Hot weather can be dangerous for your baby. Whether it be under the shade, walking through the park, or playing in the water, you need to always be aware of your baby and their safety in the heat. Remember, the younger your baby is, the more they need to be out of the sun. Babies overheat a lot faster than adults and need to always be protected. Below you will read some great tips and information that will not only keep your baby safe but you safe as well!
Keep your baby cool and protect them from the sun. Babies can’t cool themselves as well as adults so it is your responsibility to ensure that your baby is comfortable and safe. This is in order to ensure that your baby will avoid heat rashes and heat strokes. Babies who are less than six months old need to be kept out of direct sunlight because their skin contains very little melanin which is the pigment that provides some protection from the sun.
Remember, that sunscreen isn’t recommended for babies under six months so they should be put in hats, shade, and clothing that covers them well. For babies over six months, be sure to apply a high factor sunscreen and keep them shaded as much as possible. Apply sunscreen regularly, particularly if your baby is in and out of the sea or paddling pool. Always test the sunscreen on a small area of your baby’s skin to check for any skin reactions.
Also, most strollers and playpens today come with a sunshade or an umbrella to keep your baby safe from harsh sun rays, so be sure to use them as much as possible. Remember, just because the sun isn’t bright in the sky, doesn’t mean that the sun isn’t able to affect your baby. In fact, you are more likely to get a sunburn from the sun in the sky covered by clouds than not, due to light refraction.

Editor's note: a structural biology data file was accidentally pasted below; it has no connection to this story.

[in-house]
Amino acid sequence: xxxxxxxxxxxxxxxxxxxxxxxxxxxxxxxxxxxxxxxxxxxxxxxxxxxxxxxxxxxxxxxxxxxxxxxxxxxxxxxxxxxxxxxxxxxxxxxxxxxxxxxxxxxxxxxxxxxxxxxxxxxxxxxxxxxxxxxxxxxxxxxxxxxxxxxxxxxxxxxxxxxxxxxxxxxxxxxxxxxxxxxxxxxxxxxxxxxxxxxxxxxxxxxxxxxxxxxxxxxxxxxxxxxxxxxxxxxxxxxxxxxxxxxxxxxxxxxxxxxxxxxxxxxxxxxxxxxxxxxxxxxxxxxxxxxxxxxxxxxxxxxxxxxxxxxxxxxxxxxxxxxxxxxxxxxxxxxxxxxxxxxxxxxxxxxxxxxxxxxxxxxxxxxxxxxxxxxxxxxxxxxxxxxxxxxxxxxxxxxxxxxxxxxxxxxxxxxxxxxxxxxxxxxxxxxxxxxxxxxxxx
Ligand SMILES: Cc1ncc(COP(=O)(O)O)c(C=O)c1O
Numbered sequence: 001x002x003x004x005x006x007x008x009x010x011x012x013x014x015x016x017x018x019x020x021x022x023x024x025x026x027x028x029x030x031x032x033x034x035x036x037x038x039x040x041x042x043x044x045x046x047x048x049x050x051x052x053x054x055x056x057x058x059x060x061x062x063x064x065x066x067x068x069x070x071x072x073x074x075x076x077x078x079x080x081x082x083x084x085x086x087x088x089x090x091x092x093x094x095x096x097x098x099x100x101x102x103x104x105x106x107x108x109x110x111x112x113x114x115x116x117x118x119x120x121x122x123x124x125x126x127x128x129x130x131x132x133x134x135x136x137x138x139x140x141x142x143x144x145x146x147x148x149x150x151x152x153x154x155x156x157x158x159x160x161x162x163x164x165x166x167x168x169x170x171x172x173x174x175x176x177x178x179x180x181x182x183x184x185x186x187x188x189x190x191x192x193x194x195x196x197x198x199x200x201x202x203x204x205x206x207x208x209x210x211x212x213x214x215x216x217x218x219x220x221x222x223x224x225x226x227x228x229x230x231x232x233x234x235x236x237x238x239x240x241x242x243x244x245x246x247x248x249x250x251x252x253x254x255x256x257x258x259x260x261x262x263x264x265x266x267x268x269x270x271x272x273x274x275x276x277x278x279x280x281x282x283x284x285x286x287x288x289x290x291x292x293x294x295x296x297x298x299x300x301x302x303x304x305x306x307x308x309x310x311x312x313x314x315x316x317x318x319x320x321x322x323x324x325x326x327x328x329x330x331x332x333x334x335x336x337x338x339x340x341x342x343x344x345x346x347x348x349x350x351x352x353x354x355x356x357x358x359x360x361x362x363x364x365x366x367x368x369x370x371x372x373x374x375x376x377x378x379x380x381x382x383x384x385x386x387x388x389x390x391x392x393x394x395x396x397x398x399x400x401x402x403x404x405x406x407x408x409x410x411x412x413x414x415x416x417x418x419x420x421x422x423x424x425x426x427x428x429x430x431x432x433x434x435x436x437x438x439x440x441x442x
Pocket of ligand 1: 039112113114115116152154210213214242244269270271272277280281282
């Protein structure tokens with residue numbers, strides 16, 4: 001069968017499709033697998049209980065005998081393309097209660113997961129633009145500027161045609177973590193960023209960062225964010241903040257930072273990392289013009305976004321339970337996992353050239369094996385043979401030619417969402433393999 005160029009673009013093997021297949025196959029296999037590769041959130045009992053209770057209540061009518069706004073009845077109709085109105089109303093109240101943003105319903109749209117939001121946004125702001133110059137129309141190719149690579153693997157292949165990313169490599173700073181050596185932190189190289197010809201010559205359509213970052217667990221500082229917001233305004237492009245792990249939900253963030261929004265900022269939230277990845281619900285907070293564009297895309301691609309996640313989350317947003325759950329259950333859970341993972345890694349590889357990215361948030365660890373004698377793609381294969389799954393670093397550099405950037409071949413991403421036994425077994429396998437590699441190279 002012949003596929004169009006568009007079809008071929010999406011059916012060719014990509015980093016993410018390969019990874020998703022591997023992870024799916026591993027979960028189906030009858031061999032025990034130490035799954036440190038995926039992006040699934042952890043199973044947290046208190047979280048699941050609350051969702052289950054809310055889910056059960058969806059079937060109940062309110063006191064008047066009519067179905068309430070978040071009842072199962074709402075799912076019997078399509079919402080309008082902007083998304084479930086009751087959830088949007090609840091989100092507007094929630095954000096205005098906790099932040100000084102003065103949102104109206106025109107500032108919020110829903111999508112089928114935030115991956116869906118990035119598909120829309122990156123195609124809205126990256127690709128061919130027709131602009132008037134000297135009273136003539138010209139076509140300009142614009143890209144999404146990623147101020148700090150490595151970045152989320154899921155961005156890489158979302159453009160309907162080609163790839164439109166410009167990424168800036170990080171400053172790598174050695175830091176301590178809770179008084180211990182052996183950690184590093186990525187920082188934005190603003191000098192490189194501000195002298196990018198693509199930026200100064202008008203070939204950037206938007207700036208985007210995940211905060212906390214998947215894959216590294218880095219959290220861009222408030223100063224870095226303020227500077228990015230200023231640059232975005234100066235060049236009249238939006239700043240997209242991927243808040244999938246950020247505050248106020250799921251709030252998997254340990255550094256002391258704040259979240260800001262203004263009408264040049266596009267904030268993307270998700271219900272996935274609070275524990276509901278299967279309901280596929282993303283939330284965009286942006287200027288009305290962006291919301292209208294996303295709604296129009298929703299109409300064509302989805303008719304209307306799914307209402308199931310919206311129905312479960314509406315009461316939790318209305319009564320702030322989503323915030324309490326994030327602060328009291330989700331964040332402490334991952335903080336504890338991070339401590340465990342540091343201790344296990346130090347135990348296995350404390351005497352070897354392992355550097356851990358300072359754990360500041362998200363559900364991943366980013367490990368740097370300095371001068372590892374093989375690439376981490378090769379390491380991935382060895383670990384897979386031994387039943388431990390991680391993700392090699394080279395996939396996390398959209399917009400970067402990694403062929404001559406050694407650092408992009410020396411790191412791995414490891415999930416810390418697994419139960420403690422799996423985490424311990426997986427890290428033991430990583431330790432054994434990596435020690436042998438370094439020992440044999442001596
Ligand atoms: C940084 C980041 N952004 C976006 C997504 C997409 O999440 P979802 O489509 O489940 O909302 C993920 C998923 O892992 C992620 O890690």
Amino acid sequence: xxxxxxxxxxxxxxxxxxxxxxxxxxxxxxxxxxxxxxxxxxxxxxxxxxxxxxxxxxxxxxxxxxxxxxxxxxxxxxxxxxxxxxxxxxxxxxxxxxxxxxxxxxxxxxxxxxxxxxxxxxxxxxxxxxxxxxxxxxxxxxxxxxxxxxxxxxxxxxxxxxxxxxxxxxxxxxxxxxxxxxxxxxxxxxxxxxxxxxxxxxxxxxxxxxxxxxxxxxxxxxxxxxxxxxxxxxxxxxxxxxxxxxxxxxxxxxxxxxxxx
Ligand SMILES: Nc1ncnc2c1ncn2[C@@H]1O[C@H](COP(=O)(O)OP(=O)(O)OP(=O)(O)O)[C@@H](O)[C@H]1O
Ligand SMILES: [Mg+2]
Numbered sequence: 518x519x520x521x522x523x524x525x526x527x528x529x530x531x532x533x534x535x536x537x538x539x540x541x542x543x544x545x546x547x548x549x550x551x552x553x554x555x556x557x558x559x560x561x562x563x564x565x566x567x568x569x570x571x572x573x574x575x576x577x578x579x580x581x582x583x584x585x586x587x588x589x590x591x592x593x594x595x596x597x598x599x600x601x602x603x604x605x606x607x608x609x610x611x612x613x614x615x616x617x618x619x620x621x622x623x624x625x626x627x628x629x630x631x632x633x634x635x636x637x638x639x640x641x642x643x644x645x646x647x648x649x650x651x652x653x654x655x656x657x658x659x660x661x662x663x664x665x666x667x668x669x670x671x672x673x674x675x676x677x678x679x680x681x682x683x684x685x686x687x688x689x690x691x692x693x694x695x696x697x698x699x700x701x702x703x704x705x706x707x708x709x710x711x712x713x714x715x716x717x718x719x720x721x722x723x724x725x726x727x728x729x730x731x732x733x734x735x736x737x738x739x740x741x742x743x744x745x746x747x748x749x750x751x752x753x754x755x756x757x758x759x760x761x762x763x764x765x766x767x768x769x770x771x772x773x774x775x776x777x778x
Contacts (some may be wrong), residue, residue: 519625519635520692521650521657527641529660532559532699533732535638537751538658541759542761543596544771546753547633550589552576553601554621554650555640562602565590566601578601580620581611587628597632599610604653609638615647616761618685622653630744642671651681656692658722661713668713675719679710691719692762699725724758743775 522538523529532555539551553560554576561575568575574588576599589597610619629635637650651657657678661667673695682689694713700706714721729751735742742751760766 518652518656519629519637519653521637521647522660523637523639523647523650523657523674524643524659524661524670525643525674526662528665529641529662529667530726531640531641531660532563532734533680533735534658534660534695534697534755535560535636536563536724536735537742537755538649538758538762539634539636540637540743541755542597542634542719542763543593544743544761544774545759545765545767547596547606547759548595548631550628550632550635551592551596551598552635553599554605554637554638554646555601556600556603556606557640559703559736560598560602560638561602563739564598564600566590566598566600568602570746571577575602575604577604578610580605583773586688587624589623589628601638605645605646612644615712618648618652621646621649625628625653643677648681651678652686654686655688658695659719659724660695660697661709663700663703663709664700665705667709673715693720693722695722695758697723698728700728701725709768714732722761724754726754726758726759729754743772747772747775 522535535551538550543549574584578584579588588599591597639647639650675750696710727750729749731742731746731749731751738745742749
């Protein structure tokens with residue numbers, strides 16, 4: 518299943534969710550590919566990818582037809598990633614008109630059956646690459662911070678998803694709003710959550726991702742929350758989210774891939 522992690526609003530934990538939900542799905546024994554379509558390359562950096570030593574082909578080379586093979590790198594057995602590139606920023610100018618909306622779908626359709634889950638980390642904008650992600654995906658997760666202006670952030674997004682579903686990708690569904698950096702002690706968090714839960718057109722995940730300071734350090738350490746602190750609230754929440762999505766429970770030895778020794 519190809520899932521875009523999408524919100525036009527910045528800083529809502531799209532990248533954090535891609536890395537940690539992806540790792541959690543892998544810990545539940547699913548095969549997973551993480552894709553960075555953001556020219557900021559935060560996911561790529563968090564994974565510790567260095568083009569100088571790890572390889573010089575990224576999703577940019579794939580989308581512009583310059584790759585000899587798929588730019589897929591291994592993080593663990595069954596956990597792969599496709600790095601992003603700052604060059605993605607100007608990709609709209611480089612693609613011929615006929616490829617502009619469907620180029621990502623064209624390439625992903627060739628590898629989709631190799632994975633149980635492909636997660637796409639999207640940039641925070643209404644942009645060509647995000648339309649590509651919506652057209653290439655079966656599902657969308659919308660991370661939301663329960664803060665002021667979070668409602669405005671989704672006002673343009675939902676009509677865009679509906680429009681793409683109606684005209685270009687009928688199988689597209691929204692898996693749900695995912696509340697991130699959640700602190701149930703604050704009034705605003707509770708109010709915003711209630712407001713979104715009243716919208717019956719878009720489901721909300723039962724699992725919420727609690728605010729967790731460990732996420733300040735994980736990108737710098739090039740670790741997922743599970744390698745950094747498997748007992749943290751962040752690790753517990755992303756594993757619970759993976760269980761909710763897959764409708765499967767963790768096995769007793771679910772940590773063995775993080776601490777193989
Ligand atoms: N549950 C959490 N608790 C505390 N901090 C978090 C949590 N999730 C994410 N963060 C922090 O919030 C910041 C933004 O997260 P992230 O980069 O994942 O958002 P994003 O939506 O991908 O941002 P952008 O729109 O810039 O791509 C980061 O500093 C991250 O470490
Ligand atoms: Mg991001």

Keeping your Baby Cool
There are many great tips to keeping your baby cool but the most obvious is to just keep your baby indoors. Of course, this isn’t always possible when you are running errands and enjoying the day at the beach. Water, the beach, or a pool, are great things to use when trying to keep your baby cool.
Be sure that they play with the water in a shaded area and that the baby is always supervised to avoid accidents. Another great way to keep your baby cool is a nice cool bath before bedtime which can be very beneficial. Be sure to keep your baby’s bedroom cool during the day by closing the blinds or curtains and use a fan to circulate the air in the room.
Make sure the fan doesn’t point towards your baby and that you keep nightwear and bedclothes to a minimum. If your baby pushes off the covers during the night, consider putting them in just a nappy with a well-secured sheet that won’t get loose and cover their face or get entangled during the night.
One more thing to remember, if you have an air-conditioner, make sure the room does not get too cold as setting the temperature to about 24 to 26 degrees Celsius is low enough to keep your baby cool and safe.
Traveling in hot Weather with a Baby